Monday, October 13, 2008

How should Maori Party voters vote?

Yes yes, they shouldn't, I know - they should vote Libertarianz, but seriously it’s not really me to help out those who I think are voting for statist collectivist racially based party, but the thing is that MMP does it for them, and Maori Party voters figured it out last time anyway. They have something supporters of virtually all other parties have – a party vote that is best NOT given to the party they support. Why?

The magic of the overhang. You see last election the Maori party won 4 electorate seats, but only won just over 2.1% of the party vote. Typically, a party is entitled to its share of the seats in Parliament according to the party vote, as long as the party wins either 5% or one electorate seat. Yes, I know most of you already knew that. However, the Maori Party won more electorate seats than it won proportionate to the party vote, which means an overhand. The Maori Party has one more seat than it would’ve got had it won one electorate seat and then just had its party vote counted.

So what does this mean? Well for starters the size of Parliament crept up by one, which meant that the number of seats for a majority crept up too.

More importantly it shows that the party votes for the Maori Party were as good as wasted – and indeed many Maori Party voters, probably unconsciously – reflected that, since in all seats won by the Maori Party, Labour won the party vote.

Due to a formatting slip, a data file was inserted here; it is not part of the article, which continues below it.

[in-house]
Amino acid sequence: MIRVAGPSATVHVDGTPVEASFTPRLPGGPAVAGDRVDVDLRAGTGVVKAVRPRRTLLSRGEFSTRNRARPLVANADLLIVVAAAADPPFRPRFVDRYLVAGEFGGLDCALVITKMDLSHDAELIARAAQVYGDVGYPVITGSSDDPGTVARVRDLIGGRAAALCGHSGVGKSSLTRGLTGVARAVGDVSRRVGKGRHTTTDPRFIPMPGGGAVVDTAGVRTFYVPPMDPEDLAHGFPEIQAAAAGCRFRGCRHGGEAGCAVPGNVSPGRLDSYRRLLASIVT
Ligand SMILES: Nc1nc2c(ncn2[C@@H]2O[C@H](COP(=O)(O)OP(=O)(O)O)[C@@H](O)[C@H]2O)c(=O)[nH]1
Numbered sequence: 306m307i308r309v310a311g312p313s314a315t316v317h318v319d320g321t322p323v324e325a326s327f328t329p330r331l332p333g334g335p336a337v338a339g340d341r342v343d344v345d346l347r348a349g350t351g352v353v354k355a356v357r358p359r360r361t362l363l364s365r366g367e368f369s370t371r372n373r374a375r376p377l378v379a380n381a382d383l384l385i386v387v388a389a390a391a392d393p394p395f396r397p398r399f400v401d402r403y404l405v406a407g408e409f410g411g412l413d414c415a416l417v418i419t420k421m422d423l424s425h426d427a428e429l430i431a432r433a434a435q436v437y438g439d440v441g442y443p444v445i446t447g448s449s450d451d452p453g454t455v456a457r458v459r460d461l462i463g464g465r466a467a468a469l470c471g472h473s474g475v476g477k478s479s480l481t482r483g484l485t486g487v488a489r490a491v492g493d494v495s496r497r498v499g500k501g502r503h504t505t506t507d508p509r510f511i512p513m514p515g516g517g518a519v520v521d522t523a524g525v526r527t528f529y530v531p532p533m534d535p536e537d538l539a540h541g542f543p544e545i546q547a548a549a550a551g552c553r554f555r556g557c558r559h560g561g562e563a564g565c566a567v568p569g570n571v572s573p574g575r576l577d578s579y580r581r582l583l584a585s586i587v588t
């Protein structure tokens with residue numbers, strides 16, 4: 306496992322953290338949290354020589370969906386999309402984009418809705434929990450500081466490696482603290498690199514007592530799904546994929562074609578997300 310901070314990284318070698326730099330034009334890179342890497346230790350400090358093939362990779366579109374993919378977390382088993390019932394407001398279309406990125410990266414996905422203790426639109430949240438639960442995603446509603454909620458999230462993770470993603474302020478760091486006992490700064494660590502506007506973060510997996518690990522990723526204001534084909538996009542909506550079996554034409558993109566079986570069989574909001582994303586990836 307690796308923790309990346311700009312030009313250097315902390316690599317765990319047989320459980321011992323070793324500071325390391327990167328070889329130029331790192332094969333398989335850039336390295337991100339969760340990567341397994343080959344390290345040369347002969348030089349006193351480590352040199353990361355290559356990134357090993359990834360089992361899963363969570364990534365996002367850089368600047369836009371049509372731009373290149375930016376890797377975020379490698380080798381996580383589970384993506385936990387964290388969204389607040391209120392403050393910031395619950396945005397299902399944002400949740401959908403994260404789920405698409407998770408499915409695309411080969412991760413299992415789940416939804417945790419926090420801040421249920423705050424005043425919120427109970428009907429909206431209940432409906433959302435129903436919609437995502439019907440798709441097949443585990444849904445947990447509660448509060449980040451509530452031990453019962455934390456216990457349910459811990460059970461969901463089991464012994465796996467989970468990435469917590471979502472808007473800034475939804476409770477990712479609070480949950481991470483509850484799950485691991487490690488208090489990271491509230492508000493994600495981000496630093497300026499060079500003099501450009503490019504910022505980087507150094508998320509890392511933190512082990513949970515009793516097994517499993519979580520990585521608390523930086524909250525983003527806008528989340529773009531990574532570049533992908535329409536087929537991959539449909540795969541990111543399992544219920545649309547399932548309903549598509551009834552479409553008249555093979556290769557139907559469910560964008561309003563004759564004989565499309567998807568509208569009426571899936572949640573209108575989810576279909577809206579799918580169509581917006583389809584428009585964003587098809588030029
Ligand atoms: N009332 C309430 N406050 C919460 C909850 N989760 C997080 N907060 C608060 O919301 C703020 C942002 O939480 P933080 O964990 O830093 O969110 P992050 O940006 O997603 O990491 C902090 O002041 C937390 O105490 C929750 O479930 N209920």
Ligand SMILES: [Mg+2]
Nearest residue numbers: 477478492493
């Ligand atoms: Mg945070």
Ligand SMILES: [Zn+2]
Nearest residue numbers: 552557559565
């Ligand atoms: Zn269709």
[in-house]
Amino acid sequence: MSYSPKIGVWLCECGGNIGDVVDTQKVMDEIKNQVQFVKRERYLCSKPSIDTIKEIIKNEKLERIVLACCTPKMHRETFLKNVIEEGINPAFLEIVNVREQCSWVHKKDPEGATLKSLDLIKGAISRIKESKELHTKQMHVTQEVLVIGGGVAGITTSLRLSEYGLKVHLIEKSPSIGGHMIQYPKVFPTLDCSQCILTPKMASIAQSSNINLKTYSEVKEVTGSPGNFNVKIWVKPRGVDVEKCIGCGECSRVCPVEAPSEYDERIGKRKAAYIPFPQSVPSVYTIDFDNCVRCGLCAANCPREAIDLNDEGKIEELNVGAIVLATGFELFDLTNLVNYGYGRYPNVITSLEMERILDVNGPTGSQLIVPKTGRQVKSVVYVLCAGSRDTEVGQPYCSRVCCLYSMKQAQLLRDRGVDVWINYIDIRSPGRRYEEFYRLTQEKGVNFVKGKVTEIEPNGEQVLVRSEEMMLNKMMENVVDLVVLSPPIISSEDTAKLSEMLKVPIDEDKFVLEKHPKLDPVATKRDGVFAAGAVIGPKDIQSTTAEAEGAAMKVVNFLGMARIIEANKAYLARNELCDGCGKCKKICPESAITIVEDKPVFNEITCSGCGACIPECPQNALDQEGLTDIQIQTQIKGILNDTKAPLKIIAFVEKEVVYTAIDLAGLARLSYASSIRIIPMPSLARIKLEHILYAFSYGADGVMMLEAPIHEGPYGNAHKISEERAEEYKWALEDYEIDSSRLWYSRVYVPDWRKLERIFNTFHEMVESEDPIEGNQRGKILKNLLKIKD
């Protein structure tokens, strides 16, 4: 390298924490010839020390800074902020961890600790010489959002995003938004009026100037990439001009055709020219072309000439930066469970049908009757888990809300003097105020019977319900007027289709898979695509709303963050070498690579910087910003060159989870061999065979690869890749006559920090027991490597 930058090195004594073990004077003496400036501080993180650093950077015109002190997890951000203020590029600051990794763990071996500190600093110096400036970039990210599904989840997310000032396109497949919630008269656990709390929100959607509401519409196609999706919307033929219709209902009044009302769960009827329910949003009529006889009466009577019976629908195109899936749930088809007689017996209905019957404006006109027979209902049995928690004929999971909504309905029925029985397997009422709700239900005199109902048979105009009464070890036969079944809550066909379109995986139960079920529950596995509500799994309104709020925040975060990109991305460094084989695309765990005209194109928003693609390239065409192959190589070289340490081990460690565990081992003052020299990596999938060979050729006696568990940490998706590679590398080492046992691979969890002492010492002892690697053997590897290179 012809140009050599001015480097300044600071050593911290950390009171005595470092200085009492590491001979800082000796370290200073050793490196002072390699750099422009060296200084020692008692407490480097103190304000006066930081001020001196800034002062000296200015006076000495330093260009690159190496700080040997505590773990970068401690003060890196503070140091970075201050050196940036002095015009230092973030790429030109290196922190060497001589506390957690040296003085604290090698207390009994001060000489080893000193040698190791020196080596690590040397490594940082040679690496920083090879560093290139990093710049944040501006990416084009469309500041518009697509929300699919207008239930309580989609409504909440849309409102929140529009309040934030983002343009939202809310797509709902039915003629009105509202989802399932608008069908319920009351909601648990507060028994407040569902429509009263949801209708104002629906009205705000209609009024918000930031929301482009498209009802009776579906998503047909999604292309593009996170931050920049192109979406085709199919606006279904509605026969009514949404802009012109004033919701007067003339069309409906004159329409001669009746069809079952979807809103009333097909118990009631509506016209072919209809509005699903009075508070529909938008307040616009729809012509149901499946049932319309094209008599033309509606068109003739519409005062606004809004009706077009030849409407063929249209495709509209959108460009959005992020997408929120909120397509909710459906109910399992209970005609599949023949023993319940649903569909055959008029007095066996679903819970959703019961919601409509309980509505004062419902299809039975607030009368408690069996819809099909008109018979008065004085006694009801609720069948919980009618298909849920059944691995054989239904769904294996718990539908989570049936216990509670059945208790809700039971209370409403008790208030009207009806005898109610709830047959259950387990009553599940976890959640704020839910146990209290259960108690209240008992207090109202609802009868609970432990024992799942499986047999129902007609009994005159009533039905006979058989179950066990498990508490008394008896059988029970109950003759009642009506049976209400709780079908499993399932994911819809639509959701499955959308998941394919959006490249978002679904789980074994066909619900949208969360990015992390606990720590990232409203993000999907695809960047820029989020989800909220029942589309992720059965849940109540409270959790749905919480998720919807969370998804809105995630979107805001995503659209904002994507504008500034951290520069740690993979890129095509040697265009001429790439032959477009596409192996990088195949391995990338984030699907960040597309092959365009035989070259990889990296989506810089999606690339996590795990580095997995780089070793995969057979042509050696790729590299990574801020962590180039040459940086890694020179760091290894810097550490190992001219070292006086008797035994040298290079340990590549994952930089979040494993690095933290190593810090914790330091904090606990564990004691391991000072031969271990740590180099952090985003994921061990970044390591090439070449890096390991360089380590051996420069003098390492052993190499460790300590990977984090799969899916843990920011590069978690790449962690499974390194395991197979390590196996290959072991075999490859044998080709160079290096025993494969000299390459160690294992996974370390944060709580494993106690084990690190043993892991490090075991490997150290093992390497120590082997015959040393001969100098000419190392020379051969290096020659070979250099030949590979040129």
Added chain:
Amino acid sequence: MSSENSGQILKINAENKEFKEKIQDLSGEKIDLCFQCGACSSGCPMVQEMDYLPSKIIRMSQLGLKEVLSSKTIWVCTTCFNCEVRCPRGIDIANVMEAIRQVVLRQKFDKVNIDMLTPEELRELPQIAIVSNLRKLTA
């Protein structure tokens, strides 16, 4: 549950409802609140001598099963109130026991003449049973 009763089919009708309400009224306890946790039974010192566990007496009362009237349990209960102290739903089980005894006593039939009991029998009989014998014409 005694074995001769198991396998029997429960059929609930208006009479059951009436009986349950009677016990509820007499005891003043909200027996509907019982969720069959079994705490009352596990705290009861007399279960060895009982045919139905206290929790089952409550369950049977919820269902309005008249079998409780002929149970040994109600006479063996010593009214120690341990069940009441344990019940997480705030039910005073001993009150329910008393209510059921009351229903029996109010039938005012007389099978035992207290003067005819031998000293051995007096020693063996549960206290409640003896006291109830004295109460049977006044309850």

Maori Party voters got the best of both worlds, from their perspective. represented by a Maori Party MP and Labour list MPs.

What it means is that voting for the Maori party on the list is pretty much futile if you believe the Maori party will win more electorate seats than it is likely to get as a proportion of the party vote – which is highly likely.

For those of us who believe in less government it means, ironically, that we can either encourage those who vote for the Maori Party on the electorate vote to vote for a party that supports private property rights and less government (Libertarianz or ACT) or encourage them to, vote for the Maori Party (stopping Labour getting their vote. You see if the Maori Party wins many more party votes then the overhand disappears, there are less MPs in Parliament representing the Maori seat voters, which probably means less Labour MPs – a good thing from my perspective.

If National (or ACT or Libertarianz) were clever they would accept and welcome Maori Party supporters vote Maori party in their Maori electorates – but seek the party vote wholeheartedly. For whilst there may be an overhand, the party vote would be held by someone other than Labour.

Perverse? Yes, but that is what the electoral system allows. I once saw an ACT video pre-1996 proposing that National voters vote National in their electorates and ACT for the party vote, for the very same reason. Of course any major party actively pursuing this would be incentivising the other major party to split into Labour- electorate and Labour – party vote, parties, an absurdity, to create an enormous 65 seat overhang of constituencies.

So remember that this election, the Maori Party has every chance of winning more seats than its party vote would entitle it to do, which no doubt is what the Maori Party would want. The bigger question is whether the Maori Party listens to its supporters who will, undoubtedly, predominantly vote Labour on the party vote – or whether it will support National. The latter, surely, would be enormously risky for the Maori Party, but more importantly, if successful, such a partnership would be much much riskier for Labour.

Would Maori Party supporters dare risk a party vote for one other than Labour? Which political party has said it would repeal the Foreshore and Seabed Bill, and defend Maori private property rights? It begins with L - and it isn't Labour.

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